Google adds visual search features in shopping, video push

·2 min read
A sign is seen at the entrance to the Google retail store in the Chelsea neighborhood of New York City

By Paresh Dave

(Reuters) -Google users can soon combine images and text in search queries, a feature unveiled on Wednesday that could help the Alphabet Inc unit expand its role in e-commerce and dominance in online video.

The new feature will arrive within months through its Google Lens search tool, the company said in its livestreamed Search On conference. Google said in May that advances in artificial intelligence software would make this possible.

"With this new capability, you can tap on the Lens icon when you're looking at a picture of a shirt, and ask Google to find you the same pattern — but on another article of clothing, like socks," Senior Vice President Prabhakar Raghavan said.

"This helps when you're looking for something that might be difficult to describe accurately with words alone."

The technology also sorts within videos, including on Google's YouTube, already the internet's biggest streaming service.

"Your bike has a broken thingamajig, and you need some guidance on how to fix it," Raghavan said. "The point-and-ask mode of searching will make it easier to find the exact moment in a video that can help."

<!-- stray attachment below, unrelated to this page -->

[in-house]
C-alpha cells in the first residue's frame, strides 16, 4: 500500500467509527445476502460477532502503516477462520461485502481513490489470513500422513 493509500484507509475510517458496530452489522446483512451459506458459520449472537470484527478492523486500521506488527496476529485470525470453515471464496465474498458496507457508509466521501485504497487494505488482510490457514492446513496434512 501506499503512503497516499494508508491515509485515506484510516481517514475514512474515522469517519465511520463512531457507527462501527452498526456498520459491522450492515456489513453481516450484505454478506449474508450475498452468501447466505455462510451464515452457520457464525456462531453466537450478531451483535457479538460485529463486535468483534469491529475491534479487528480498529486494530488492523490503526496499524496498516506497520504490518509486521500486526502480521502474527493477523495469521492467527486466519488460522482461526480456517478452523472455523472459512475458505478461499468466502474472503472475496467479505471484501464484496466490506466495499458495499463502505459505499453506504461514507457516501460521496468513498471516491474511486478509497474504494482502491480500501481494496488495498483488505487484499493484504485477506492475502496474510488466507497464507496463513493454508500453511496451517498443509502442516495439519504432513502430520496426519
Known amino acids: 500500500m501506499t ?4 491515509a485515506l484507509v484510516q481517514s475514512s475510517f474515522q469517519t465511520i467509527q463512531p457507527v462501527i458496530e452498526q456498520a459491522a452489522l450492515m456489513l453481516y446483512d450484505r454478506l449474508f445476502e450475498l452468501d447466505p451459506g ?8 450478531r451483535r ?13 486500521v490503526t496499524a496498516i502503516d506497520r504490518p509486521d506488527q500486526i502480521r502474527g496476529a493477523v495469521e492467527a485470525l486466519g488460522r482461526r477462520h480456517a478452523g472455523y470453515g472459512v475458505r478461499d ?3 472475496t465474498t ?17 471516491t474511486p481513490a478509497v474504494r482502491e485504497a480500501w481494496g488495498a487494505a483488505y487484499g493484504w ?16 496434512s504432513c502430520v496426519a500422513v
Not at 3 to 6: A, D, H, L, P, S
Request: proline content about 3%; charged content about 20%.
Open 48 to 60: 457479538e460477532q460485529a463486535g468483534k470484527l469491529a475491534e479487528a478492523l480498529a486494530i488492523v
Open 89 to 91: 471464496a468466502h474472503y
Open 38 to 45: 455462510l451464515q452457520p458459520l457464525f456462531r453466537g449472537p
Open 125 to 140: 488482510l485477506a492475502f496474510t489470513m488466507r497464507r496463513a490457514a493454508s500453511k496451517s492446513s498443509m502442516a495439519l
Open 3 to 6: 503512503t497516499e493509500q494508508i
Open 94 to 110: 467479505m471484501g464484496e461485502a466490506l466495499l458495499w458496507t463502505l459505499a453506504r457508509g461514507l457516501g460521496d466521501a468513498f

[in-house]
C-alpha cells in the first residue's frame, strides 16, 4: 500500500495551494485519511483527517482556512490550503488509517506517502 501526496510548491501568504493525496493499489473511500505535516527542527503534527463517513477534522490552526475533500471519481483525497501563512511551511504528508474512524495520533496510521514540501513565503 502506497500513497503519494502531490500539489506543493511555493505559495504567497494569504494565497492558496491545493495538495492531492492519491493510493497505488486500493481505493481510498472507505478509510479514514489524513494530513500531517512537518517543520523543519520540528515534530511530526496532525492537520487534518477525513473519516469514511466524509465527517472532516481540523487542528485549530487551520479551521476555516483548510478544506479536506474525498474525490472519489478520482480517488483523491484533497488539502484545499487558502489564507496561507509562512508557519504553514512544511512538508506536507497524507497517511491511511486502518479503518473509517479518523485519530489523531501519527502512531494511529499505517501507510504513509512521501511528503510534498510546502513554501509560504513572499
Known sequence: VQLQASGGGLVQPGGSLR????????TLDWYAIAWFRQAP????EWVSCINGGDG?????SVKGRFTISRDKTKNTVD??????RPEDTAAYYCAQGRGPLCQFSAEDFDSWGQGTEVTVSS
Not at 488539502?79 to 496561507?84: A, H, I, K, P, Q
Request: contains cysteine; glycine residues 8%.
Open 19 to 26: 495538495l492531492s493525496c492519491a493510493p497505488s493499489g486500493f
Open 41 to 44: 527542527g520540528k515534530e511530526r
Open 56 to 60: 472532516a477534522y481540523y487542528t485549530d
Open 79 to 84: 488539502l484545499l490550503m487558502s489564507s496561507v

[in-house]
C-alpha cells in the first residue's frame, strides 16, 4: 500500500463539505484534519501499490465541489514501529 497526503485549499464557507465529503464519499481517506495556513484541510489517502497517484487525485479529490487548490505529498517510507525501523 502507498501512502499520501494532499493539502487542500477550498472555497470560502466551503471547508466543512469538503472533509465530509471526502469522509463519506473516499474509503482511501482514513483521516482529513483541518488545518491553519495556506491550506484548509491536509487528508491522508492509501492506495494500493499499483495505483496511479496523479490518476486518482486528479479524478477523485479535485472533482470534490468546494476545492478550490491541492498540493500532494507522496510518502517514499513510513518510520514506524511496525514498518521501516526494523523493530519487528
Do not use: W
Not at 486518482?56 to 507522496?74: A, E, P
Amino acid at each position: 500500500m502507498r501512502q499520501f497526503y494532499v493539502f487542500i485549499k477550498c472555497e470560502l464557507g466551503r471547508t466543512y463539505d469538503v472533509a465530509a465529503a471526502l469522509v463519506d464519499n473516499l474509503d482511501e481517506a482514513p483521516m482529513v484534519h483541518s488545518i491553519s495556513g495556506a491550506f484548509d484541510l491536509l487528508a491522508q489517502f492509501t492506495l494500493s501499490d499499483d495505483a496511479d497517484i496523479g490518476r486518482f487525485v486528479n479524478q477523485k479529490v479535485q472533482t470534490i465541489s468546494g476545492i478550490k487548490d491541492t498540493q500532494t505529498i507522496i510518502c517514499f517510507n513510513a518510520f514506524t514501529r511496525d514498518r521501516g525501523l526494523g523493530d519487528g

Users will be able to run reverse-image searches when surfing on the Google iOS app or the Chrome desktop browser. Selecting an image will pull up similar online visuals, which could help shoppers find where to buy items seen in photos and ultimately lead them to Google Shopping, its rival to Amazon.com Inc's marketplace.

Making more items searchable is another priority. Google said it was licensing a free Address Maker app to governments and organizations to map routes and assign addresses to businesses and homes not yet listed on Google Maps. The app could reduce the time it takes governments and organizations to assign addresses for a town from years to weeks, Google said.

(Reporting by Paresh Dave in Oakland, California; Editing by Matthew Lewis and Richard Chang)

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